For many Nerfers, the appeal of Nerf guns is not just how fun they are, but also their range of customization. With a little tweaking, some paint, and lots of time and patience, skilled modders have turned their neon toy blasters into all sorts of cool looking pieces. Nerf guns have been modified into steampunk style props to full on replicas of blasters from games like Mass Effect and Halo.
Add-ons and extensions are great for enhancing your loadout’s appearance and performance, so here’s a basic guide to Nerf gun accessories. While accessories are usually sold separately, they are compatible with most if not all types of Nerf guns in the same series. For example, in Nerf’s main N-Strike series, all the blasters in that series have tactical rails, allowing you to easily switch most of your accessories around as you like.
A barrel extension does what it sounds like. By extending the barrel, this accessory makes your blaster more accurate when you shoot it. However, since it makes your barrel longer, the increased friction can cause your range to decrease. In look and feel, a barrel extension can also help create that awesome long shotgun look.
Also called a grip handle, this accessory helps to steady one’s aim. Similar to, but more sturdy than a pop-out bipod, an assault grip can be used with any Nerf blaster with a tactical rail. Depending on whether it is attached on the top, bottom, or sides of a Nerf gun, an assault grip can also act as horizontal foregrip or basic priming handle.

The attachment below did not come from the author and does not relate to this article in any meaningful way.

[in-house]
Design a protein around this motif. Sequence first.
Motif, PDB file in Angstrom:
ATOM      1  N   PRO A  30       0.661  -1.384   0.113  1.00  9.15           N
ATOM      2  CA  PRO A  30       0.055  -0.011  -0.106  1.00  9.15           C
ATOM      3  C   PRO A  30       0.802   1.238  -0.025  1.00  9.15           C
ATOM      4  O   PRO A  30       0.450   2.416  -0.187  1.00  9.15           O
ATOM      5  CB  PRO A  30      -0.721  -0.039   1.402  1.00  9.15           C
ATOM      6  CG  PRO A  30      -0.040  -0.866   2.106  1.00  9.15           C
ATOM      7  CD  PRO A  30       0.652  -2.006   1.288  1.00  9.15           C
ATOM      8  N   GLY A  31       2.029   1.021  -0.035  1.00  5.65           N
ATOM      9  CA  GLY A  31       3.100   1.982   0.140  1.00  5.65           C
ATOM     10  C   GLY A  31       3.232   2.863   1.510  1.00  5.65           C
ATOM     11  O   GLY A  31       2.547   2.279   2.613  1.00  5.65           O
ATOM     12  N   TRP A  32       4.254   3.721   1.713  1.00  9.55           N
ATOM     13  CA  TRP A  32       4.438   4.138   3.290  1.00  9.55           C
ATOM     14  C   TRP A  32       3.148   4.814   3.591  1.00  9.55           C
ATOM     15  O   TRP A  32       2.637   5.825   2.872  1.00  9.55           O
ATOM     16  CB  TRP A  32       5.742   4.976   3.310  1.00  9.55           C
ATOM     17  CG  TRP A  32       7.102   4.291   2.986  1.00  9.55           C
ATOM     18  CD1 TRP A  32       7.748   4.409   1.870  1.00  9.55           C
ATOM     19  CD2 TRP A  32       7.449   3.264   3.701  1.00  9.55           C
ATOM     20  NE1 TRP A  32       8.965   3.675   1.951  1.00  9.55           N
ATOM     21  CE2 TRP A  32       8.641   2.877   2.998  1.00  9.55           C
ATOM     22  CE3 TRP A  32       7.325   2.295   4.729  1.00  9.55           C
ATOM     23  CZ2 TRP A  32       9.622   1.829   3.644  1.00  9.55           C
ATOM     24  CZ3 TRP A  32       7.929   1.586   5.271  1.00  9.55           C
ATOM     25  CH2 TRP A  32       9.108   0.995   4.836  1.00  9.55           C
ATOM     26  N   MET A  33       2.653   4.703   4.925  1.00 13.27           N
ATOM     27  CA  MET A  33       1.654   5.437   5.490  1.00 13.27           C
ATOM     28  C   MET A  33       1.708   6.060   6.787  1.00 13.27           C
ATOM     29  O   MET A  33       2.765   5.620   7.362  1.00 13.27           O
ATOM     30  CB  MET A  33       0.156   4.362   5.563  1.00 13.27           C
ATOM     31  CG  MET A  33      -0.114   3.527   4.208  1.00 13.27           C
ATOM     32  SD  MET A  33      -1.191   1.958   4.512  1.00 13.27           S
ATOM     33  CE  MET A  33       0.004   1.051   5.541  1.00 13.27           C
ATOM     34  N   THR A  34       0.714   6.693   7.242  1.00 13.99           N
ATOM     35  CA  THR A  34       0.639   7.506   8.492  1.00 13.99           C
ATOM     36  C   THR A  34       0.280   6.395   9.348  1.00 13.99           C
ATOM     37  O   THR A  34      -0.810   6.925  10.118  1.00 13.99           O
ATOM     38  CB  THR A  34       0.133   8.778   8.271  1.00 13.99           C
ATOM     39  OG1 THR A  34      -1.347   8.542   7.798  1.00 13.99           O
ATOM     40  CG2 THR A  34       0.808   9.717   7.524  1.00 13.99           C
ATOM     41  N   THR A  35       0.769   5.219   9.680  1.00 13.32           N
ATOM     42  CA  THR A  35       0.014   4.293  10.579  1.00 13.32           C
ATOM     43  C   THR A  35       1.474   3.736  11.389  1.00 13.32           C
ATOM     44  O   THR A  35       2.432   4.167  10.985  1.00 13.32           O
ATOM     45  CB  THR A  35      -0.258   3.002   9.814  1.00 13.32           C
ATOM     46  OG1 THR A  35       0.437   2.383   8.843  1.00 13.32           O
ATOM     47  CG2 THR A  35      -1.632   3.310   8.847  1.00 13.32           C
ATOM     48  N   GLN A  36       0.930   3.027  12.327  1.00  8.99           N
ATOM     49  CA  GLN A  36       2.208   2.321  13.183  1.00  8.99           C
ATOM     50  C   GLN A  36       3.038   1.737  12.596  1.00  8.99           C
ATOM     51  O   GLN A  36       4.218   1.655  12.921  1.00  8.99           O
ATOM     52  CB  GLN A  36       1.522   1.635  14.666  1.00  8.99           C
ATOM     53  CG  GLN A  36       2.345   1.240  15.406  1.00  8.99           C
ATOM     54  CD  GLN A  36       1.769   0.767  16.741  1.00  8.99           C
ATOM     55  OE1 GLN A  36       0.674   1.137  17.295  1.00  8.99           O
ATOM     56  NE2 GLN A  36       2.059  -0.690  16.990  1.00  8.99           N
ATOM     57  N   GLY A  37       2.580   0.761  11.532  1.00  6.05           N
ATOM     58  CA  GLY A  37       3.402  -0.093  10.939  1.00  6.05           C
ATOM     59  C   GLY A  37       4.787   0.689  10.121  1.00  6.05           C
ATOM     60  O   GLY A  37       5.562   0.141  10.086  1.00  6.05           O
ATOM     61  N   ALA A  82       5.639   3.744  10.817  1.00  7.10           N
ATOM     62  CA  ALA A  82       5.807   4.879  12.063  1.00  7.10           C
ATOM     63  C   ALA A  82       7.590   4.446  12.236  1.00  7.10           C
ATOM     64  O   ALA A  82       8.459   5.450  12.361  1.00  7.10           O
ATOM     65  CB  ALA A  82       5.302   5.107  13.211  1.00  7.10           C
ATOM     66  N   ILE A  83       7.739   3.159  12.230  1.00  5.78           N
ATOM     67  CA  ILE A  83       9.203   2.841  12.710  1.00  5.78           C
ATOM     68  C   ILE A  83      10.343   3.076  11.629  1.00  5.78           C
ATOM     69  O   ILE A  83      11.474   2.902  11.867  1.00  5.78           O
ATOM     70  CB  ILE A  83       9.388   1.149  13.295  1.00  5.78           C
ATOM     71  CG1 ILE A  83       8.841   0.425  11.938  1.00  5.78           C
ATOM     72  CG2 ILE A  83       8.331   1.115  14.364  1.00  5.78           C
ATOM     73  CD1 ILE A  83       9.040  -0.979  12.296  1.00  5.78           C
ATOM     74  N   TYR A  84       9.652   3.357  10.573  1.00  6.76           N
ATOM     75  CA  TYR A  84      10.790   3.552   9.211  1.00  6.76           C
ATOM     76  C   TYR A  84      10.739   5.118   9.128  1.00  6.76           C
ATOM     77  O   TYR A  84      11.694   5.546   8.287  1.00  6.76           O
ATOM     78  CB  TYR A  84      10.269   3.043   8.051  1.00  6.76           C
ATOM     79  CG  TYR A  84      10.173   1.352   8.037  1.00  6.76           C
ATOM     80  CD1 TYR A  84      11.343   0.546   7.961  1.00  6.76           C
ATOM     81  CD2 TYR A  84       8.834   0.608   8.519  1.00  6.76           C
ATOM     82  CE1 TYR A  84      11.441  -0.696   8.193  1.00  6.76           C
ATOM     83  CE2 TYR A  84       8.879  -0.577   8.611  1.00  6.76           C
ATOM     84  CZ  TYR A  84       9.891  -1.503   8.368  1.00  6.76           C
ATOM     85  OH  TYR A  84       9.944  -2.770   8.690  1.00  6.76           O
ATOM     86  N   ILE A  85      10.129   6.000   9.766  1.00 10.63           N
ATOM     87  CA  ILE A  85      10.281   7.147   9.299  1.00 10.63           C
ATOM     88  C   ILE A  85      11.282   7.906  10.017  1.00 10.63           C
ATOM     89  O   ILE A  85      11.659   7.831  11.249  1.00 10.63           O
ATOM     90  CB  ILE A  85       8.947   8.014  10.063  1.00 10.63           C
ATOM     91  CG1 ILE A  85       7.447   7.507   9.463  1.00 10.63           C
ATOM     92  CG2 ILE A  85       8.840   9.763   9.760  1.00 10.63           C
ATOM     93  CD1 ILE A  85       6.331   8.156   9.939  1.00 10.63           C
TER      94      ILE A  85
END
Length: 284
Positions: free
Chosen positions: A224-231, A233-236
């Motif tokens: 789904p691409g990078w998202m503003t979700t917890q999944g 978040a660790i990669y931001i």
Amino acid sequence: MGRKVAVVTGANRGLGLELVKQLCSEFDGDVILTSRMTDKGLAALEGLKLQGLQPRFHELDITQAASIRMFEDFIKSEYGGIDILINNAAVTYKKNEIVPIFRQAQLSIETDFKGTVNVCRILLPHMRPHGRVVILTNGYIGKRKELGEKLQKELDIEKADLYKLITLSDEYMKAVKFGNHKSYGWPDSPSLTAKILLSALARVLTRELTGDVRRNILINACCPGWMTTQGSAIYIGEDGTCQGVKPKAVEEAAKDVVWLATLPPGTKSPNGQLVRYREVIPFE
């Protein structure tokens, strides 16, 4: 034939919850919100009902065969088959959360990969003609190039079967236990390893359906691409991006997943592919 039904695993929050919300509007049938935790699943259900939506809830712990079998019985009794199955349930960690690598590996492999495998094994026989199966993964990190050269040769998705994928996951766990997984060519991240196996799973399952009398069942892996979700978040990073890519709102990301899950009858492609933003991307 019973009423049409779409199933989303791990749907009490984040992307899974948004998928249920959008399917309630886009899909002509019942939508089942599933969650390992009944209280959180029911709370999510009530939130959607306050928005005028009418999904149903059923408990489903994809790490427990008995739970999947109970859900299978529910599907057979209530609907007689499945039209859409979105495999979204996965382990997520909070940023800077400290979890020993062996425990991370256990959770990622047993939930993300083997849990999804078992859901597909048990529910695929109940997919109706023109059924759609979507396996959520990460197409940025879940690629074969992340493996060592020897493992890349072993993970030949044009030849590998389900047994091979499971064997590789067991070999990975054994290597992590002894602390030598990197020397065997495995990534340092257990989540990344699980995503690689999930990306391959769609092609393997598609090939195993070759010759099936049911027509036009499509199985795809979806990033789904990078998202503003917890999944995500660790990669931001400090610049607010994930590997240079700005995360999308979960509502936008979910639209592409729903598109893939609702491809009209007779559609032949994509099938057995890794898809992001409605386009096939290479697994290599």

Unlike a real scope, most tactical scope accessories for a Nerf gun do not magnify your vision when you look through it. However, they can be helpful for aiming more accurately, as you can line up the marks on the front lens at a target. Modders have been known to attach scopes to blasters that might not need them, just for a more decked out look.
Detachable Shoulder Stock
Compatible with many Nerf blasters and super soakers, there are various types of shoulder stock accessories available. They are designed to help stabilize the shooter when firing, especially when using an assault gun or slam fire technique. A shoulder stock can also help elongate the look of your Nerf gun for a shotgun or rifle style appearance.
There are many different Nerf sights. The most common are flip up sights and laser (or pin point) sights. Flip up sights are used to judge distance or compensate for gravity like standard iron sights. They can be used when deployed up or in a lowered position.
Laser sights are heavier, since they use batteries, and employ a red dot and crosshairs system to aim. Unlike real laser sights, the Nerf accessory has an angled lens so the laser doesn’t reveal where you are aiming at. Red dot laser sights are considered by some to be the most valuable of the tactical rail accessories.
What’s your favorite Nerf accessory? Let us know in the comments!